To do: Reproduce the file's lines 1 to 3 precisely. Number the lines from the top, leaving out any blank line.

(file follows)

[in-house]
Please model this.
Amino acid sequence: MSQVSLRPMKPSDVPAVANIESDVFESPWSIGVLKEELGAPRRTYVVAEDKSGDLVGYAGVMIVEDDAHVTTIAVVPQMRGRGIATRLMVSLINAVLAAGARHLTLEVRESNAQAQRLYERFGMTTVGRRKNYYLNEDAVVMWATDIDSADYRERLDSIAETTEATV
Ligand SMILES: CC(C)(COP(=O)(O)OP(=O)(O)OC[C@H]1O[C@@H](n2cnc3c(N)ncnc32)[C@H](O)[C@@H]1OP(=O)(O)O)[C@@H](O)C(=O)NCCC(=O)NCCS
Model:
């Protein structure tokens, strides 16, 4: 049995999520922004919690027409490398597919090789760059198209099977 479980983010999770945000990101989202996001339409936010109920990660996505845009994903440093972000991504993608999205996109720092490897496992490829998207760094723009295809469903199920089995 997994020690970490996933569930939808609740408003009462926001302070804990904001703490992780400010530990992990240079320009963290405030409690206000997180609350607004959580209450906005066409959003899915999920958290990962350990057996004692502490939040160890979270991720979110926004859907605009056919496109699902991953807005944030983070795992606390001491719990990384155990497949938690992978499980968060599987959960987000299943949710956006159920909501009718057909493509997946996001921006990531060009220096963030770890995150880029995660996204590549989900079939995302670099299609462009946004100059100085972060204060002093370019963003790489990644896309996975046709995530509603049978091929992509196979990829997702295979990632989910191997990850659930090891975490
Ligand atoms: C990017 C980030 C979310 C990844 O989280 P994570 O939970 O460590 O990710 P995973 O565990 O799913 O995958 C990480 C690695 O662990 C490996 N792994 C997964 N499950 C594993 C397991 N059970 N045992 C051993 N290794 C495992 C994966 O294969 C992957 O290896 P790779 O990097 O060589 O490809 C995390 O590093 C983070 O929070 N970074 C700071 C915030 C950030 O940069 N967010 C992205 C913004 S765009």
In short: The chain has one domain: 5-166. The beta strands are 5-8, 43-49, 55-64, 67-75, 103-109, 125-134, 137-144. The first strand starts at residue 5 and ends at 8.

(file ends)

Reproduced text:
[in-house]
Please model this.
Amino acid sequence: MSQVSLRPMKPSDVPAVANIESDVFESPWSIGVLKEELGAPRRTYVVAEDKSGDLVGYAGVMIVEDDAHVTTIAVVPQMRGRGIATRLMVSLINAVLAAGARHLTLEVRESNAQAQRLYERFGMTTVGRRKNYYLNEDAVVMWATDIDSADYRERLDSIAETTEATV